Mary Fendrich Hulman

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Mary Fendrich Hulman (March 13, 1905 – April 10, 1998) was the wife of the late Indiana industrialist Anton "Tony" Hulman, Jr. and matriarch of the Hulman-George family which today controls Hulman & Company, the Indianapolis Motor Speedway and INDYCAR.

Early life[edit]

Born in Evansville, Indiana, Mary was the daughter of prominent Fendrich Cigar Company president John H. Fendrich (1867–1952) and Nettie Buttriss Fendrich (1875–1975). The Fendrich family was among Evansville's most prominent Catholic families; Mary attended Catholic schools for her education.

Marriage and family[edit]

Mary met Tony Hulman in the early 1920s; by most accounts, the rather headstrong young lady wasn't terribly impressed by Hulman. Not one to be deterred, however, Hulman eventually won her over, and on October 6, 1926 the couple were wed in a lavish ceremony in Evansville.

The couple settled in Terre Haute, Indiana following their honeymoon in Europe. Tony Hulman became sales manager of Hulman & Co., while Mary set up housekeeping in their stately new home in the city's fashionable Farrington's Grove neighborhood. On December 26, 1934, the couple's only surviving child, Mary (better known today as Mari Hulman George), was born.

While she is the Hulmans' only surviving child, Mari was not the couple's first. A daughter, whom they had also named Mary, was born in Evansville in 1930, but this child died shortly after her birth. Details of the cause of the newborn's death are sketchy at best some 75 years later, but what little information is available seems to indicate that the child suffered from an enlarged liver.

A sporting life[edit]

Like her husband, Mary Hulman was quite sports-minded. An avid golfer, she fit in well with her husband, who also enjoyed the occasional round on the links. Somewhat surprisingly for a woman of her social standing, she also enjoyed shooting skeet competitively, and was considered an excellent shot.

When Tony purchased the Indianapolis Motor Speedway in 1945, Mary wondered if he had made a wise purchase, but as a supportive wife, she concurred with Tony's decision and chose to play an active role each year at the race. Drivers and fans alike absolutely loved her.

In the early 1970s, the Hulmans would, as noted patrons of sports in the Terre Haute area, donate land and a "challenge grant" of $2.5M (25% of the estimated construction cost) for the construction of Indiana State University's Hulman Center arena and the city of Terre Haute's public Hulman Links golf course.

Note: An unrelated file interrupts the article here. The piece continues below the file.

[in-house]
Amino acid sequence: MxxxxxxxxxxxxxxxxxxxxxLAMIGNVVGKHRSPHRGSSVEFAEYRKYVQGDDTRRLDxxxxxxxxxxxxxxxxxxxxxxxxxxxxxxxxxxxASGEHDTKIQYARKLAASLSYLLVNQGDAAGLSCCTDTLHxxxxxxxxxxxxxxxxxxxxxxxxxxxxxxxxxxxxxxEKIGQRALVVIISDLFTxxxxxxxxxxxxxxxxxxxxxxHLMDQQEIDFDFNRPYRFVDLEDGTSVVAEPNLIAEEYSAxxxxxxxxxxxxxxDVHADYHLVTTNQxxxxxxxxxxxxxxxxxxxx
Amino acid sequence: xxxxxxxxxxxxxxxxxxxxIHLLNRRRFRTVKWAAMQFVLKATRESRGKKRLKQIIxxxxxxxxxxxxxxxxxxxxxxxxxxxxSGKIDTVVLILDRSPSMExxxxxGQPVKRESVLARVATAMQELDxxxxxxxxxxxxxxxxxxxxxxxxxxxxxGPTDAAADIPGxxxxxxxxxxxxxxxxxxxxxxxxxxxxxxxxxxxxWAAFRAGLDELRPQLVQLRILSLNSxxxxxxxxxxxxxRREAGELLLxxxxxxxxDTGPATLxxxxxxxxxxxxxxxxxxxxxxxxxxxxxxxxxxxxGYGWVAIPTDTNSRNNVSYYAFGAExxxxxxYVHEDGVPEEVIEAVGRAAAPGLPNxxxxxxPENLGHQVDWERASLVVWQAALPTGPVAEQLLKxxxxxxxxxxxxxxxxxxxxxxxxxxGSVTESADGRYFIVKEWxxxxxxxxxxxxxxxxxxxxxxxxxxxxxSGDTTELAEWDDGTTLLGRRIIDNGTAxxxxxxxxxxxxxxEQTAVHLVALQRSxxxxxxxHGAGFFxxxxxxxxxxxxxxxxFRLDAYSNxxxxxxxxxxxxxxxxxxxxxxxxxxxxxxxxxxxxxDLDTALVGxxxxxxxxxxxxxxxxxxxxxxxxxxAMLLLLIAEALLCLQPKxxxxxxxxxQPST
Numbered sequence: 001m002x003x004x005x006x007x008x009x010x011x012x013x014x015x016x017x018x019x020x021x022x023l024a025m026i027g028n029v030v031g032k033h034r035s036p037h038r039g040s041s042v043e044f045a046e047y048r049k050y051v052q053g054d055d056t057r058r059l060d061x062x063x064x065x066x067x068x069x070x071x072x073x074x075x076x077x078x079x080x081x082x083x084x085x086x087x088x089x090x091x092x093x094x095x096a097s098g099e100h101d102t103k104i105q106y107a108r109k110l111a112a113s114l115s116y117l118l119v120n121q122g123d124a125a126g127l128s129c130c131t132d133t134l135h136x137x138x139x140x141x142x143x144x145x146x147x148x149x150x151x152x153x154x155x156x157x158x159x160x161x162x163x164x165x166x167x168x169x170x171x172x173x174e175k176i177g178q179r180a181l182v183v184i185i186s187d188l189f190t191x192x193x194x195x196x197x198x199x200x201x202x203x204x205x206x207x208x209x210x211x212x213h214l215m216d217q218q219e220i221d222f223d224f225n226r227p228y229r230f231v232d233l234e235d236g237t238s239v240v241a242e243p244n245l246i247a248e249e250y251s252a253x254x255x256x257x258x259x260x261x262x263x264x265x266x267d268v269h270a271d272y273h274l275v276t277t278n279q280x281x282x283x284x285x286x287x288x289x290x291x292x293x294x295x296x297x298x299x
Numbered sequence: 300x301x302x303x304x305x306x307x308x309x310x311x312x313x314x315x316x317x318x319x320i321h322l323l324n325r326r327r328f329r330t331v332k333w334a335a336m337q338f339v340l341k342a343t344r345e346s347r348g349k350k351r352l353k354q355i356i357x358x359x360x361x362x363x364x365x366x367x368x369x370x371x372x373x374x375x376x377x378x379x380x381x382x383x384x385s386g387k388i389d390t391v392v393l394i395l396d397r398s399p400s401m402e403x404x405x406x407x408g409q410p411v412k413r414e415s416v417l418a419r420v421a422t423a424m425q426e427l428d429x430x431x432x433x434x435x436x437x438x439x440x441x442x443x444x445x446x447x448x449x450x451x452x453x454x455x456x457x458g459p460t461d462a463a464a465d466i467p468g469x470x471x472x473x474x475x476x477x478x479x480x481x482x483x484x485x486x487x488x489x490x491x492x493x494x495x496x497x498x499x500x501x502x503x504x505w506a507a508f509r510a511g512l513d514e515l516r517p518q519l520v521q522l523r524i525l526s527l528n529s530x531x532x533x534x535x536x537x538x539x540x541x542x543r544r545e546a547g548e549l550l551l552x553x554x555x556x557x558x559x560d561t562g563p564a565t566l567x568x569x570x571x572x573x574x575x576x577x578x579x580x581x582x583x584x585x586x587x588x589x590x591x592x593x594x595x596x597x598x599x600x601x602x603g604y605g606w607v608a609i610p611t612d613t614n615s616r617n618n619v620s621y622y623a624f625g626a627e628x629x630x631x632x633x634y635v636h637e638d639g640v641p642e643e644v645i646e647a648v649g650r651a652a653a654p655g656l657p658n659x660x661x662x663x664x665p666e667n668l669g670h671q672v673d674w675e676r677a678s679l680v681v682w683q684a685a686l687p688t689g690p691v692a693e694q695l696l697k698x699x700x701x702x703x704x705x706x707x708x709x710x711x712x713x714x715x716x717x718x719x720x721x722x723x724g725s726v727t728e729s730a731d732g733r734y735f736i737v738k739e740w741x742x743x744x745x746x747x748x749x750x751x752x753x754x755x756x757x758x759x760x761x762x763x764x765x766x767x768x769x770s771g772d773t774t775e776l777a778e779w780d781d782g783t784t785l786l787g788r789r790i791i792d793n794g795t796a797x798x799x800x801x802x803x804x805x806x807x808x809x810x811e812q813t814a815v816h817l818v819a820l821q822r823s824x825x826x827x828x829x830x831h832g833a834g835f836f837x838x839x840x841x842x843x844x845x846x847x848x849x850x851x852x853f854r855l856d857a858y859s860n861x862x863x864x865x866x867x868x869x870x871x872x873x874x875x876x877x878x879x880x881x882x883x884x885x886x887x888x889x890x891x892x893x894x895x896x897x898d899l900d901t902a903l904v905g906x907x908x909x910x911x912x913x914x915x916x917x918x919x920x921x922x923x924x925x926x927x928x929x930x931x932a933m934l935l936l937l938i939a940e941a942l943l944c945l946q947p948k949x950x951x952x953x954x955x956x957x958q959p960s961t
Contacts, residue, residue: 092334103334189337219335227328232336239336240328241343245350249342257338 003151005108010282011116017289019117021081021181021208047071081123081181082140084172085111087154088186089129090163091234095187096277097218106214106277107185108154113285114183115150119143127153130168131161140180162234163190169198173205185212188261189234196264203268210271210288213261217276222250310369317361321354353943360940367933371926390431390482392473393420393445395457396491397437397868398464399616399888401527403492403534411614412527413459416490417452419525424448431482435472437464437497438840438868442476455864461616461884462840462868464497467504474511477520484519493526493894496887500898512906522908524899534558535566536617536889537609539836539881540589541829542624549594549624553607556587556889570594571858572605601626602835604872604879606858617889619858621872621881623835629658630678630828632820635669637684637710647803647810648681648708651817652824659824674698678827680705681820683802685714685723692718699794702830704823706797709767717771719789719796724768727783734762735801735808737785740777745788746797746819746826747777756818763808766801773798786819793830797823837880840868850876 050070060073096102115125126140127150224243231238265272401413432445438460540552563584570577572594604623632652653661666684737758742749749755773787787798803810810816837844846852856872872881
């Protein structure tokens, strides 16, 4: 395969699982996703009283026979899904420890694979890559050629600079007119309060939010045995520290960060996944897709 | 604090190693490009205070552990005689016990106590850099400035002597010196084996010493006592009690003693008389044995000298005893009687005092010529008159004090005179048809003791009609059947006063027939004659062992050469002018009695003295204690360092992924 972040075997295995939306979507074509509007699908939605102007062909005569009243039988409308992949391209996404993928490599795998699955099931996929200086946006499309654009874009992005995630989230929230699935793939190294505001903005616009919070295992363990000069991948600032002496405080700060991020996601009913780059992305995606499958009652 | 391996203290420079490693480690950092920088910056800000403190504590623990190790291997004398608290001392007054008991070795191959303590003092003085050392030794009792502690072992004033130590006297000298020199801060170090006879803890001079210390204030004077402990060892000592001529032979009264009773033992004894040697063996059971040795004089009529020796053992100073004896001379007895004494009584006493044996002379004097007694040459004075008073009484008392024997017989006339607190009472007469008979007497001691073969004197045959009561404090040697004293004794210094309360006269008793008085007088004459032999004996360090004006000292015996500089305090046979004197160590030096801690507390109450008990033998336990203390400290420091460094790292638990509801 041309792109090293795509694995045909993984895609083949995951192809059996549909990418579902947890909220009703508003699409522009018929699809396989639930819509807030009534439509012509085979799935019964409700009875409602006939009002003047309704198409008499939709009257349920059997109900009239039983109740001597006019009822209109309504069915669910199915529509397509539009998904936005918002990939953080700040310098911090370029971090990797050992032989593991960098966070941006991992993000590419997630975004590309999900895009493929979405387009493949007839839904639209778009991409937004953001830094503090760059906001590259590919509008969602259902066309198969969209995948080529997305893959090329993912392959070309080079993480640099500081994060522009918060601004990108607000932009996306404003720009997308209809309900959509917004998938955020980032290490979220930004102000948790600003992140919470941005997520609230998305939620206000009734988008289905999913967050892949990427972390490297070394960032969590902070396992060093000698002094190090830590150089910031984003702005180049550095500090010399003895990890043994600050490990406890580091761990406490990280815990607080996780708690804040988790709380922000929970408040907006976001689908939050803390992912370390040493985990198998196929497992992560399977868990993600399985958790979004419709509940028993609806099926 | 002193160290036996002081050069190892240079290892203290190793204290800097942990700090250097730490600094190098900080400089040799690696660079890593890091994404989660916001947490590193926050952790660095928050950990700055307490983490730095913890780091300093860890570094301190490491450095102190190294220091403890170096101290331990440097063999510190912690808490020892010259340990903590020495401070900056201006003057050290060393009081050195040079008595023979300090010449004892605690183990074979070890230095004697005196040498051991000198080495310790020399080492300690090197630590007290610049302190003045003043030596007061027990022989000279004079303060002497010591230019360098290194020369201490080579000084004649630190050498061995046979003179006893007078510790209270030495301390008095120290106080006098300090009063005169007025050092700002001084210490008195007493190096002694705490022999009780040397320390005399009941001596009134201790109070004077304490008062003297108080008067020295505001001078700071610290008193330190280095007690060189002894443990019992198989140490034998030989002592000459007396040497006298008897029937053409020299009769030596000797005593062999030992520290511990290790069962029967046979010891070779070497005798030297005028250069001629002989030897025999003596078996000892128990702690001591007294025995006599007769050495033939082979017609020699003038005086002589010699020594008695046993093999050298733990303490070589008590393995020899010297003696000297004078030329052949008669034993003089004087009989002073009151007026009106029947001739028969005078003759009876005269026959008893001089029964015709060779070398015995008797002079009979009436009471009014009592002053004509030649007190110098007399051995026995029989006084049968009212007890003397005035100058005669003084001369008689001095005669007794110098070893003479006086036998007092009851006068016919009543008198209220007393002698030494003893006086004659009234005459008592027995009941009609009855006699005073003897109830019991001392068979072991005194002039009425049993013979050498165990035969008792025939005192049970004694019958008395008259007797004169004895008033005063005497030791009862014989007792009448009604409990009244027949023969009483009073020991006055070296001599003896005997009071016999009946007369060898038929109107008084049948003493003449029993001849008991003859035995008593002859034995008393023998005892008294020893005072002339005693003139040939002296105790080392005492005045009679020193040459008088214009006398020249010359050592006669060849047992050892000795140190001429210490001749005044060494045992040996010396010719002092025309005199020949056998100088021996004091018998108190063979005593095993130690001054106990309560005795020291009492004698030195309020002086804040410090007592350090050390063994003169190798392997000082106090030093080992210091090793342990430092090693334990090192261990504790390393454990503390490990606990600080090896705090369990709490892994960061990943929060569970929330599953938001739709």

While husband Tony carried on with his many business interests, Mary became a major contributor to art museums and schools; the Sheldon Swope Art Museum in Terre Haute and the Indianapolis Museum of Art were high on her list, along with Saint Mary-of-the-Woods College and other institutions of higher learning.

Later life[edit]

When Tony Hulman died on October 27, 1977, many wondered what role Mary would choose for herself. With such a large empire to oversee, the possibilities were many, but some felt that she would turn over day to day control to others. But that wasn't Mary's way. Picking up the reins with both hands, she became the chairman of both the Speedway and Hulman & Co., which surprised some observers. At the 1978 Indianapolis 500, she even took over Tony's traditional role, delivering for the first time the famous call of "Gentlemen, start your engines!" She would continue to give the command (with few exceptions, when daughter Mari delivered it) through 1996.

By the mid-1980s, the family's many properties and businesses that Tony had accumulated, plus some acquired in the years following his death, had made Mary Fendrich Hulman a very wealthy woman. In 1986, Forbes magazine named her to the list of the 400 wealthiest Americans, worth nearly $180 million at that time. With her vast financial wealth, Mary continued her long-standing tradition of giving generously to her favorite institutions and charities in her later years.

As her health declined in the 1990s, Mary gradually relinquished her roles within the family business to her daughter and grandchildren and finally moved from the family's longtime Terre Haute home to Marquette Manor Retirement Community in Indianapolis where she could receive the health care that she needed.


Mary Fendrich Hulman died from complications due to emphysema on April 10, 1998 at the age of 93. Following her funeral in the same church where Tony Hulman's funeral was held just over 20 years earlier, she was buried by his side in Terre Haute's Calvary Cemetery.

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